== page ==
Serer people.

Adultery:Adultery is dealt with by the Serer jurisprudence of MBAAX DAK A TIIT (the rule of compensation). If a married woman had engaged in adultery with another man, both adulterers would be humiliated in different ways. The wronged male spouse (the husband) would have taken the undergarment of the other male and hang it out on his house to show that the male lover has broken custom by committing adultery with his wife. He would become the most hated person in Serer society. Everyone would sneer at him; no family would want to marry into his family and he would be ex-communicated. This was and is seen as the most humiliating experience for any male adulterer. The Serers being governed by the codes of honour called Gorie and Jom, many men have been known to take their own lives because they couldn’t bear the humiliation anymore. As for the cheating wife, her undergarment would not be displayed as the male adulterer, because in Serer culture women are held in high esteem and given respect. However, she would also be humiliated but in a different form. When women marry, they plait their hair in a particular style. Only married women can have that style. This is a symbol of their status. They become the best and most honourable among women. By committing adultery, her female relatives would unplait her hair. Again, this is so humiliating and degrading for a married woman that many women have been known to commit suicide rather than face the shame. The wronged man can forgive both his wife and his wife’s lover if he chooses to do so. The adulterers and their respective families must gather at the king, chief or elder’s compound to formally seek forgiveness. This will be in front of the community because the rules that govern society have been broken. It is up to the wronged spouse to forgive. The doctrine extends to both married men and women. Protection is given to the wronged spouse regardless of his or her gender.
Premarital relationship: Where a young man and a woman found engaged in premarital relationships, both were exiled to avoid bringing shame to the family, even if pregnancy resulted from that courtship.

                                     Serer women

Death and Afterlife
In Serer when a person dies there is no heaven or hell for them. The immortality of the soul and reincarnation (ciiɗ in Serer) is a strongly held belief in Serer religion. The pangool are canonised[where?] as holy saints, and will be called upon and venerated, and have the power to intercede between the living and the divine. Acceptance by the ancestors who have long departed and the ability to intercede with the divine is as close to heaven after one passes over. Rejection by the ancestors and becoming a lost and wandering soul is as close to hell in Serer Religion.
File:Graves of the Sereres-1821.jpg
Painting of Serer final resting place with Serer grave diggers. The top points are directed towards the gods. (1821)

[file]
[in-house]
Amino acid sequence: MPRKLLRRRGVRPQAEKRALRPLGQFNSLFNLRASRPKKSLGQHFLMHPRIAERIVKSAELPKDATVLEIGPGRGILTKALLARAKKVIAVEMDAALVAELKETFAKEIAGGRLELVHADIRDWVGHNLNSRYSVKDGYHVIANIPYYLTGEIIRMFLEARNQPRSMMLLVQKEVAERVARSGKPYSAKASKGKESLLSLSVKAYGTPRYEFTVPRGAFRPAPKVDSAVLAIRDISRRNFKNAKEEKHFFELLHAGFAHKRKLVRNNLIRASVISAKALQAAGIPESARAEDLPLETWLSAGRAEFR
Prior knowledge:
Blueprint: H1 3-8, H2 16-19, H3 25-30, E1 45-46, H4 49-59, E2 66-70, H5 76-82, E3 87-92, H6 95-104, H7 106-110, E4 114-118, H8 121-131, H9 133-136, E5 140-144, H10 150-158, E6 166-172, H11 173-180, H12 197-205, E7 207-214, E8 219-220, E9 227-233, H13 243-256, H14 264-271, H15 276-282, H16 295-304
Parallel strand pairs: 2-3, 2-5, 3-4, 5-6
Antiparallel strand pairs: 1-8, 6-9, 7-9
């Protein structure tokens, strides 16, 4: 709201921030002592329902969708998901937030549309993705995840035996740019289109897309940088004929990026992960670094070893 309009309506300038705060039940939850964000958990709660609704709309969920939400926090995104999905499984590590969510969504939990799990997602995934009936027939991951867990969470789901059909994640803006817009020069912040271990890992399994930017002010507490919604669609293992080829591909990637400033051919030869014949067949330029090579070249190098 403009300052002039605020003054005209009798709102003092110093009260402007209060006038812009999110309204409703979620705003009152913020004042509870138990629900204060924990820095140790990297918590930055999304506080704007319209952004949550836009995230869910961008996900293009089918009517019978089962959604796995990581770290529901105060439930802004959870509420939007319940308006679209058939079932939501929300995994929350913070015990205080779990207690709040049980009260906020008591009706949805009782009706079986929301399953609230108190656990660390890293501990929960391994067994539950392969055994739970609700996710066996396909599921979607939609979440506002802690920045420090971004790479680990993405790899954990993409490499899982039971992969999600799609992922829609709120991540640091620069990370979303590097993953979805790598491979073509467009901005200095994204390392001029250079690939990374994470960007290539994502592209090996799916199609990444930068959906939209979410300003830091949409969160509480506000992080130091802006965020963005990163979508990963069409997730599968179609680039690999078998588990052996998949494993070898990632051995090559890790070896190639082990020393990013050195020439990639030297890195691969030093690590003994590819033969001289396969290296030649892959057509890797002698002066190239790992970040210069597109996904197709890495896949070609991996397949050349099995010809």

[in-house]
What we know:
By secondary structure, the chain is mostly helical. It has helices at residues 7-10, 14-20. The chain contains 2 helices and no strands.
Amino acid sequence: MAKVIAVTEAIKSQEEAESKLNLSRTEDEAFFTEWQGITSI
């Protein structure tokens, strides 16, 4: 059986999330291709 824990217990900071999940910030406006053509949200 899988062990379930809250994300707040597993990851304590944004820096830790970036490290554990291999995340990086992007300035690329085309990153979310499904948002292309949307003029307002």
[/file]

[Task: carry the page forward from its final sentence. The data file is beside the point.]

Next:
Mummification and Cult of the Upright Stones
The dead, especially those from the upper echelons of society were mummified in order to prepare them for the afterlife (Jaaniiw). They were accompanied by grave goods including gold, silver, metal, their armour and other personal objects. Mummification is less common now especially post independent Senegal. The dead were buried in a pyramid shaped tomb. The Serer griots play a vital and religious role on the death of a Serer King. On the death of a Serer king, the Fara Lamb Sine (the chief griot in the Serer Kingdom of Sine) would bury his treasured drum (the junjung) with the king. His other drums would be played for the last time before their burial in the ground facing the east. The griots then chant ancient songs marked by sadness and praise for the departed king. The last time this ceremony occurred was on 8 March 1969 following the death of the last king of Sine – Maad a Sinig Mahecor Joof (Serer: Maye Koor Juuf)
File:Wassu Stone Cirles shaunamullally 02.jpg
                      Wassu Stone Cirles, Senegal

The cult of the Upright Stone, such as the Senegambian stone circles, which were probably built by predecessors of the Serer, were also a place of worship. Late rite megaliths were carved planted and directed towards the sky.

Fatou Diome is a Serer tribe woman and Senegalese writer, known for her bestselling novel The Belly of the Atlantic, published in 2001. Her work explores immigrant life in France, and the relationship between France and Africa. Fatou Diome currently lives in Strasbourg, France.

Serer Creation Story
Serer Creation story based on a sacred text posits that, the Universe and everything in it were created by Roog (or Koox among the Cangin), and the creation of Planet Earth was a result of a swamp which the first tree grew within. The first three worlds created through a mythical egg and under the principles of chaos were: the waters of the underworld, the air including the higher world and earth. These three were the first primordial worlds created by the supreme being through thought, speech and action. Planet Earth was not created until long after the creation of these worlds. The contentious points are, which of the main sacred trees in Serer society (below) grew not just first, but also within the primordial swamp on Earth: